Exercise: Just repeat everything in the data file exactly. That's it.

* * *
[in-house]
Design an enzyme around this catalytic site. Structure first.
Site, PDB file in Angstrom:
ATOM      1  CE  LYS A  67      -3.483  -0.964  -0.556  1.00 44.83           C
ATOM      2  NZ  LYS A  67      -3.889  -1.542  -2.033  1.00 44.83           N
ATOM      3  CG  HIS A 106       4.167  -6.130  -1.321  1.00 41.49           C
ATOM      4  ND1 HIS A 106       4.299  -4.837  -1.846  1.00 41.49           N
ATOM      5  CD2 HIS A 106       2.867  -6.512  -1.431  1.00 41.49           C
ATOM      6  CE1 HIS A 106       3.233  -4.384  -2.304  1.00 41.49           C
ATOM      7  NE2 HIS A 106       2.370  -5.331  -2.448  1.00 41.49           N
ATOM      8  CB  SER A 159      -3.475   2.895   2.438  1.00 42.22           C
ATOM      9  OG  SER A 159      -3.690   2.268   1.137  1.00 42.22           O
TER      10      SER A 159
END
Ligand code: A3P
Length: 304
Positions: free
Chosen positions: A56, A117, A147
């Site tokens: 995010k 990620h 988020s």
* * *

[in-house]
Design an enzyme around this catalytic site. Structure first.
Site, PDB file in Angstrom:
ATOM      1  CE  LYS A  67      -3.483  -0.964  -0.556  1.00 44.83           C
ATOM      2  NZ  LYS A  67      -3.889  -1.542  -2.033  1.00 44.83           N
ATOM      3  CG  HIS A 106       4.167  -6.130  -1.321  1.00 41.49           C
ATOM      4  ND1 HIS A 106       4.299  -4.837  -1.846  1.00 41.49           N
ATOM      5  CD2 HIS A 106       2.867  -6.512  -1.431  1.00 41.49           C
ATOM      6  CE1 HIS A 106       3.233  -4.384  -2.304  1.00 41.49           C
ATOM      7  NE2 HIS A 106       2.370  -5.331  -2.448  1.00 41.49           N
ATOM      8  CB  SER A 159      -3.475   2.895   2.438  1.00 42.22           C
ATOM      9  OG  SER A 159      -3.690   2.268   1.137  1.00 42.22           O
TER      10      SER A 159
END
Ligand code: A3P
Length: 304
Positions: free
Chosen positions: A56, A117, A147
């Site tokens: 995010k 990620h 988020s």